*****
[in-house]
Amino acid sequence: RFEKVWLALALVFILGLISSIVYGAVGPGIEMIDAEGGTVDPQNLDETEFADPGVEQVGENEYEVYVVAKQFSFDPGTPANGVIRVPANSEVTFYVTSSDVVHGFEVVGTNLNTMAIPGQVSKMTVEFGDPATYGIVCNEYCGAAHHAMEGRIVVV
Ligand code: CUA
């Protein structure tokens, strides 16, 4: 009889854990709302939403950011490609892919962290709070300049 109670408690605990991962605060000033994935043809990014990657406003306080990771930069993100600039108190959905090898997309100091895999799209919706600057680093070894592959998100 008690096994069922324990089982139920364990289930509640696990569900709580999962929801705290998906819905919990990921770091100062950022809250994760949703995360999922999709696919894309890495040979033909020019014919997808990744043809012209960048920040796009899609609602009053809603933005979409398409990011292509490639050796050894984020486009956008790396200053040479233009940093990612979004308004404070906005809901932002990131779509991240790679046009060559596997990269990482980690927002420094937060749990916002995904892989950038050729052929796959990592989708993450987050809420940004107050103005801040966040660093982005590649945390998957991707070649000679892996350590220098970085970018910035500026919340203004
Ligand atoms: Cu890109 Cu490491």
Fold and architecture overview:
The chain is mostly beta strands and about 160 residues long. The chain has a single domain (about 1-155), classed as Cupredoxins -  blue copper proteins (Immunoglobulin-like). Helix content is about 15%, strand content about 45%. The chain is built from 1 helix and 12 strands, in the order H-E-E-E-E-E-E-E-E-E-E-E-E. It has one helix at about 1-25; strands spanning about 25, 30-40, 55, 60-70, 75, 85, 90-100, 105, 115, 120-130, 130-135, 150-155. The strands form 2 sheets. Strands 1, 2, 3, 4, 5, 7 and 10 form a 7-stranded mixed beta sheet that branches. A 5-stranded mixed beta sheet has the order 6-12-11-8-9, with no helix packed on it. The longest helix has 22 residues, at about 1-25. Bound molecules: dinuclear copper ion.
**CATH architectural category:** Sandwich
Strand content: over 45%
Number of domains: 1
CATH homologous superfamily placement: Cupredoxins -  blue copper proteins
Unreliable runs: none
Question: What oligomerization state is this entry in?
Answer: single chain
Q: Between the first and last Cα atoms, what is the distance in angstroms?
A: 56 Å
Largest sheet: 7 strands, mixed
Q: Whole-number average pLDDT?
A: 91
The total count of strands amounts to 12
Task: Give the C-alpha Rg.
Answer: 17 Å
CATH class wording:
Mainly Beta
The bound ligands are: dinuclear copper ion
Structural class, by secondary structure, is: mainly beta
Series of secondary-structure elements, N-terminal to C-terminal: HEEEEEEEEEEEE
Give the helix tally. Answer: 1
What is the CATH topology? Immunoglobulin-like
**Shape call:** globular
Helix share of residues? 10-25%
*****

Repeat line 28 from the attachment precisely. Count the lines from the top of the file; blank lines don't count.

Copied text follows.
Give the helix tally. Answer: 1